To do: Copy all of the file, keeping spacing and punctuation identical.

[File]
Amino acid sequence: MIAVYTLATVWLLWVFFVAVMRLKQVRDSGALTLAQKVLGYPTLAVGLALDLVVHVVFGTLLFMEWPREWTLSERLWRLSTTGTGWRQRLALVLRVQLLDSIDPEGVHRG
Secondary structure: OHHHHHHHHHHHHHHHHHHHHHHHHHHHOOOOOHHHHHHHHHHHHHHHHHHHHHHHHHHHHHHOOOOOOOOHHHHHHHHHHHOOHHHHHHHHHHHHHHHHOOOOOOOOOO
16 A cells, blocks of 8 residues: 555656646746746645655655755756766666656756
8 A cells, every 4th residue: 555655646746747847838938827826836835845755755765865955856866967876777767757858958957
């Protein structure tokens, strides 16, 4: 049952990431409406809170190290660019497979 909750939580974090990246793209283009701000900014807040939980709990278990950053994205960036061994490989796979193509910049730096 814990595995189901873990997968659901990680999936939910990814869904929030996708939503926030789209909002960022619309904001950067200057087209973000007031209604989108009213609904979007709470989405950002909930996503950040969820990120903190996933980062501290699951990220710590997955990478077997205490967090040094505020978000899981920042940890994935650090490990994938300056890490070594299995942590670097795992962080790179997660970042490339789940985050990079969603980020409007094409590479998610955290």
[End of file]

Amino acid sequence: MIAVYTLATVWLLWVFFVAVMRLKQVRDSGALTLAQKVLGYPTLAVGLALDLVVHVVFGTLLFMEWPREWTLSERLWRLSTTGTGWRQRLALVLRVQLLDSIDPEGVHRG
Secondary structure: OHHHHHHHHHHHHHHHHHHHHHHHHHHHOOOOOHHHHHHHHHHHHHHHHHHHHHHHHHHHHHHOOOOOOOOHHHHHHHHHHHOOHHHHHHHHHHHHHHHHOOOOOOOOOO
16 A cells, blocks of 8 residues: 555656646746746645655655755756766666656756
8 A cells, every 4th residue: 555655646746747847838938827826836835845755755765865955856866967876777767757858958957
């Protein structure tokens, strides 16, 4: 049952990431409406809170190290660019497979 909750939580974090990246793209283009701000900014807040939980709990278990950053994205960036061994490989796979193509910049730096 814990595995189901873990997968659901990680999936939910990814869904929030996708939503926030789209909002960022619309904001950067200057087209973000007031209604989108009213609904979007709470989405950002909930996503950040969820990120903190996933980062501290699951990220710590997955990478077997205490967090040094505020978000899981920042940890994935650090490990994938300056890490070594299995942590670097795992962080790179997660970042490339789940985050990079969603980020409007094409590479998610955290």